The voice: stupid YOUR NAME HERE. You obviously don’t care about me at all. Otherwise how could you possibly CHOOSE ONE: a) not read my novel; b) say my novel is great when you clearly can’t stand it; c) tell me the second novel is usually the one that works; d) insist that everything is fine.

The books say (and there are lots of books now, many more than when I started writing, not to mention blogs) every story needs a beginning, middle, end. They teach you how to write a perfect beginning, perfect middle, perfect end. Then you write the beginning, and there isn’t any life. The books didn’t talk about that. The beginning is inert, like those writing exercises you did in high school, compare and contrast. You know in your bones that the audience you hope for will be bored, demoralized, unable read. Eventually you abandon the beginning, declare a busman’s holiday. You write anything, a thousand-word monologue from the point of view of a character you barely know, and for the first time in weeks you feel life. Where does that fit, in the instruction manual? The part where you sense something wrong, like a diviner, and turn away, because you know there’s no water?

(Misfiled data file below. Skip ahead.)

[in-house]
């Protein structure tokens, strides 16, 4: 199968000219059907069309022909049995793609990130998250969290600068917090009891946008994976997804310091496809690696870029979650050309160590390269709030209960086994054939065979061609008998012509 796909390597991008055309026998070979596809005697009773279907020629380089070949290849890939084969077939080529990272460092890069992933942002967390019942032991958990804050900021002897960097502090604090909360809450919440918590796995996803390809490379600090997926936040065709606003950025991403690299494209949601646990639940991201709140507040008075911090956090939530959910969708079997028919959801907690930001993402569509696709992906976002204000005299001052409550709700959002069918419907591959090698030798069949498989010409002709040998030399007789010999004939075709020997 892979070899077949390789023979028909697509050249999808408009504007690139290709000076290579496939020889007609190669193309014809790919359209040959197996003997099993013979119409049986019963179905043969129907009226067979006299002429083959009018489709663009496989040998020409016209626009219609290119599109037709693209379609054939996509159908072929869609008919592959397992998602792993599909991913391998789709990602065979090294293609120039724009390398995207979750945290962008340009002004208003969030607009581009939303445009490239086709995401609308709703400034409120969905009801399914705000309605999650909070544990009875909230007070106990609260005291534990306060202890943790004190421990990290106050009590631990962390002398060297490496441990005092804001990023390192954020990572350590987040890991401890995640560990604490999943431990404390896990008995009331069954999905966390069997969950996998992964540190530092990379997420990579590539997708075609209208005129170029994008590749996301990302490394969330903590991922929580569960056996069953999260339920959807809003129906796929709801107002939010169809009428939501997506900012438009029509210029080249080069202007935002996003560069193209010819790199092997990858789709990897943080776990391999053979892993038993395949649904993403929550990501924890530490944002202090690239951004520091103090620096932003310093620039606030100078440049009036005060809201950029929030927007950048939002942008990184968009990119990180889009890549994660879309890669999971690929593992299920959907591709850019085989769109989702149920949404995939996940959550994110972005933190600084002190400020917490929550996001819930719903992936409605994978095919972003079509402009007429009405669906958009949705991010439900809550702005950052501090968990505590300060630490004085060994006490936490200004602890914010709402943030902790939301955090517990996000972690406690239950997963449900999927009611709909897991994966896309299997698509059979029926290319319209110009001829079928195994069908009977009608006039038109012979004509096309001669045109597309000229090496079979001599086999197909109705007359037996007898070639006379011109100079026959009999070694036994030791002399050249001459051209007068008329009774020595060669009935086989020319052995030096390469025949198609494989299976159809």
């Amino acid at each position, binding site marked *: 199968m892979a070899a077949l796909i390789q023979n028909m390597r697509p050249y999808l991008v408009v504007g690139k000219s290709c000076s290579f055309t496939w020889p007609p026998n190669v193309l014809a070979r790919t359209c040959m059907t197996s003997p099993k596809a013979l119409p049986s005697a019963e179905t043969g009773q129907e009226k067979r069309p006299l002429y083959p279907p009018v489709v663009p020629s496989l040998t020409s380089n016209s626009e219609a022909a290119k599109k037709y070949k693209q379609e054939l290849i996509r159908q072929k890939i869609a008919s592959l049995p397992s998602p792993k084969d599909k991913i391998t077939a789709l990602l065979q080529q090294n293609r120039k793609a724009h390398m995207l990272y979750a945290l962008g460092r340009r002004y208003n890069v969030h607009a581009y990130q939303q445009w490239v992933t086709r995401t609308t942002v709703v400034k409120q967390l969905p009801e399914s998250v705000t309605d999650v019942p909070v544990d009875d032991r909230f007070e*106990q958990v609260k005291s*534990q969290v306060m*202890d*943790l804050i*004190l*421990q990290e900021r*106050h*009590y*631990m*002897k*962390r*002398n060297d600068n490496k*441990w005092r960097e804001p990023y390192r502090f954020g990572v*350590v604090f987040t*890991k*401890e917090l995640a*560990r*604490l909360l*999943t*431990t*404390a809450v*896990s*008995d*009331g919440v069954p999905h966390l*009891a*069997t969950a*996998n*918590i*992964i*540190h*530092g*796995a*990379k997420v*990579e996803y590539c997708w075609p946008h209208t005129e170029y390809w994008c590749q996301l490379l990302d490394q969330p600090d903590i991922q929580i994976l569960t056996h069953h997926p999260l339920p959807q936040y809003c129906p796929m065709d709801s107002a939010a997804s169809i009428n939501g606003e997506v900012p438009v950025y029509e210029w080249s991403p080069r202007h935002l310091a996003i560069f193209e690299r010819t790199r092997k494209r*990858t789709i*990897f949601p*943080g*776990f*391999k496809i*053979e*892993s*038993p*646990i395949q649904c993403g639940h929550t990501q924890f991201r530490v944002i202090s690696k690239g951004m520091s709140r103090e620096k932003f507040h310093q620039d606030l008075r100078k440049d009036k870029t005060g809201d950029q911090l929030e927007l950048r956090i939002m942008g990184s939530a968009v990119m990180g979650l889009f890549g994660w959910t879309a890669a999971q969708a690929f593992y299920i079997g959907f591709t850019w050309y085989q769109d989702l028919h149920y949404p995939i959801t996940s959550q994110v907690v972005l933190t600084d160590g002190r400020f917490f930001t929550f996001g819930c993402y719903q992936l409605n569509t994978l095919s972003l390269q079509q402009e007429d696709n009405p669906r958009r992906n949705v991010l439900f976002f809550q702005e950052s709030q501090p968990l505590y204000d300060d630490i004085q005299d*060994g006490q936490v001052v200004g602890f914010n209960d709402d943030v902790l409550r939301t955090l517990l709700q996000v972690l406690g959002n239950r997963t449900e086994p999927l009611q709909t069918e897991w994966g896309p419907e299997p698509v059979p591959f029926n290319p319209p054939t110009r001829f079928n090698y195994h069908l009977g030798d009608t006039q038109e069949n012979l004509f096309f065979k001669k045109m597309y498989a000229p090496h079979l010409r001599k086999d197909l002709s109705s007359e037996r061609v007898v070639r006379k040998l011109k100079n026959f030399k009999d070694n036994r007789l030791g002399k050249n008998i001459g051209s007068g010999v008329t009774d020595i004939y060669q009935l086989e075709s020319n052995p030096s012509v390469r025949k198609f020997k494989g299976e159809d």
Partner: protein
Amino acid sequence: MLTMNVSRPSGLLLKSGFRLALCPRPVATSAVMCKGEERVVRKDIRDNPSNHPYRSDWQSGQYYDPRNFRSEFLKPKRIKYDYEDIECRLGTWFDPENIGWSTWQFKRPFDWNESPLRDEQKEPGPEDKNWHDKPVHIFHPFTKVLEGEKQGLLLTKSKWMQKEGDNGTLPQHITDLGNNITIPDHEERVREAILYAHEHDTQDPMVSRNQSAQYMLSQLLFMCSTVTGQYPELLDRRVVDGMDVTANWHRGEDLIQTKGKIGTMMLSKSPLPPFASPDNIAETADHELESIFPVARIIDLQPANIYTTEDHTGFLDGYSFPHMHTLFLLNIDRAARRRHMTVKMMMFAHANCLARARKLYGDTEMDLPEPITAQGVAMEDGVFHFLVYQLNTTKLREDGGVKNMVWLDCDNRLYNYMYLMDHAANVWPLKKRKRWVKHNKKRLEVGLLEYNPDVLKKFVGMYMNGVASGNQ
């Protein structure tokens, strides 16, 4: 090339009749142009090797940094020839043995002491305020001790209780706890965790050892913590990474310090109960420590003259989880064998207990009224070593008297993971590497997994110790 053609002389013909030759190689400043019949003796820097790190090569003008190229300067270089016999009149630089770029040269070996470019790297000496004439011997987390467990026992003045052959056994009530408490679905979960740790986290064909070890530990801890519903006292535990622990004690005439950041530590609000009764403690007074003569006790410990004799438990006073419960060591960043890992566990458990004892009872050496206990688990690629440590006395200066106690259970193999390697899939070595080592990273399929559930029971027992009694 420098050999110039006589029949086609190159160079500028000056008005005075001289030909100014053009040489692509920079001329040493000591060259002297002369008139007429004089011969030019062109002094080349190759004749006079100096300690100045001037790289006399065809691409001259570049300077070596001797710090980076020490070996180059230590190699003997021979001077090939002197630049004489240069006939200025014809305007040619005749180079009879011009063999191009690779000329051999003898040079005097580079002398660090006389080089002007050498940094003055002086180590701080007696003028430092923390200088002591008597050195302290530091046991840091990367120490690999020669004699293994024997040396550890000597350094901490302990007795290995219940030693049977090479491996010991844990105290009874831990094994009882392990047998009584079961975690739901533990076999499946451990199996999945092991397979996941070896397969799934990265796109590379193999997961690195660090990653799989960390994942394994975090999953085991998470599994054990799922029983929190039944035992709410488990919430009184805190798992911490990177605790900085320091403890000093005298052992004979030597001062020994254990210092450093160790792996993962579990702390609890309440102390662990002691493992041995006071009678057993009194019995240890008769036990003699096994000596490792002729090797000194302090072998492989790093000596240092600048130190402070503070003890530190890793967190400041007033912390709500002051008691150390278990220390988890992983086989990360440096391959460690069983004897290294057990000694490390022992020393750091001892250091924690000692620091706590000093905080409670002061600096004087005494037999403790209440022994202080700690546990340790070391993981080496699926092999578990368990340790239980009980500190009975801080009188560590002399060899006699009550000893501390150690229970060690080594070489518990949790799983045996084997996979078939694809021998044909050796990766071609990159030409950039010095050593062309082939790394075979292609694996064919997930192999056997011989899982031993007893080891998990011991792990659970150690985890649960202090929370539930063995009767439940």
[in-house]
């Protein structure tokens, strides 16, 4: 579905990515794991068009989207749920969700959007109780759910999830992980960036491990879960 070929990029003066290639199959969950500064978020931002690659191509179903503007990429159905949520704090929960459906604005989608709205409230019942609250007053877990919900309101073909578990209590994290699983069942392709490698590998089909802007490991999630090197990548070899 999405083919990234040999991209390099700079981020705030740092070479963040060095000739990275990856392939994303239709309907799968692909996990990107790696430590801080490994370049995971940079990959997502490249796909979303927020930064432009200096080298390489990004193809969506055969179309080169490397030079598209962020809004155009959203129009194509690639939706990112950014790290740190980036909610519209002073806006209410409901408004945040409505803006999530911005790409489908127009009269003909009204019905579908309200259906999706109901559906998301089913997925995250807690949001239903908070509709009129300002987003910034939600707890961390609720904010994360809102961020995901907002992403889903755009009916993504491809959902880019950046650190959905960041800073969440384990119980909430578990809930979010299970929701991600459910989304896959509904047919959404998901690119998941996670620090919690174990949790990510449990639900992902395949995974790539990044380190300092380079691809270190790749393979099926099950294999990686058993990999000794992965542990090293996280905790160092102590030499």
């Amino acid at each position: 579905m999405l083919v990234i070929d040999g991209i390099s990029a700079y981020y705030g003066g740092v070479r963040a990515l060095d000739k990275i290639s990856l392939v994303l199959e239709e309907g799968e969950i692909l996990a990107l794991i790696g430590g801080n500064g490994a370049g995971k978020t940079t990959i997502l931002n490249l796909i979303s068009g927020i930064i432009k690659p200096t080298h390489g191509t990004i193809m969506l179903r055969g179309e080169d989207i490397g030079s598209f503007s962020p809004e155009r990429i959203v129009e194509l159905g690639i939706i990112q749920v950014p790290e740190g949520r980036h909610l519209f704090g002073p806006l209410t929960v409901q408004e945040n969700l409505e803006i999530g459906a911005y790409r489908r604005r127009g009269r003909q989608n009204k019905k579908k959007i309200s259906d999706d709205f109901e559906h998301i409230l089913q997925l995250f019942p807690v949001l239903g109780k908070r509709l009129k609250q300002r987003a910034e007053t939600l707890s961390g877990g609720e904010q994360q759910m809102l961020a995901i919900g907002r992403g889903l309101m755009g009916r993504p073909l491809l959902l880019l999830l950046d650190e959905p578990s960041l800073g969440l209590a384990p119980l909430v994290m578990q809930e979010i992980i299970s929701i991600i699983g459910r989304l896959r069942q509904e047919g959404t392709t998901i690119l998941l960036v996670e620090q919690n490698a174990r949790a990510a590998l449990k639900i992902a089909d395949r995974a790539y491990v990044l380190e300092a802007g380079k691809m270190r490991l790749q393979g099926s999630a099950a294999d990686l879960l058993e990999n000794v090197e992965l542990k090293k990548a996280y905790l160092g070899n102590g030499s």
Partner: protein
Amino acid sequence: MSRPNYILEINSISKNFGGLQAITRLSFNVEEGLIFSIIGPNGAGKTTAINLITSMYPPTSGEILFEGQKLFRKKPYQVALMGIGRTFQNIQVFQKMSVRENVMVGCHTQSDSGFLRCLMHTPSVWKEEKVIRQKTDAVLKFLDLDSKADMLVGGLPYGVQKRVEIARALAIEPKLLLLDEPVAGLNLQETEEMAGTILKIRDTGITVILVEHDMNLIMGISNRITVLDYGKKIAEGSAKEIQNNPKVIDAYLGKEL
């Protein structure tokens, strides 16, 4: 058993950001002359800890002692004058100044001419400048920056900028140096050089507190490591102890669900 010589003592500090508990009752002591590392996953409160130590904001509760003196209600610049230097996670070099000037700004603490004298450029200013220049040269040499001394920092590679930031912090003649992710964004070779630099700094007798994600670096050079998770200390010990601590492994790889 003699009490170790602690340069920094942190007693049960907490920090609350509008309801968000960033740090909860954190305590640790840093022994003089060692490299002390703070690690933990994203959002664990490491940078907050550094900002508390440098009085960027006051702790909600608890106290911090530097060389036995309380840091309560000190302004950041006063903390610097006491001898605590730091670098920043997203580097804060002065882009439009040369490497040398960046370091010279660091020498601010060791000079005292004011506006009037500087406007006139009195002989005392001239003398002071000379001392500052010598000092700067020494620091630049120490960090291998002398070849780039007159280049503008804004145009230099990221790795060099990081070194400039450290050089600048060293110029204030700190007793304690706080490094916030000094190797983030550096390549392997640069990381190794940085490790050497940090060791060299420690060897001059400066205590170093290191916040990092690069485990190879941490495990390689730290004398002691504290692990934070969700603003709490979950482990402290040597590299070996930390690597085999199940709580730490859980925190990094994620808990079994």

I keep looking back. Danny says this is a waste of time, but it’s one of my best strategies for gathering courage: how did I get here? Is this moment part of a steady, encouraging, forward movement, or are things falling apart? Have I been lost before? Is that, too, part of the process?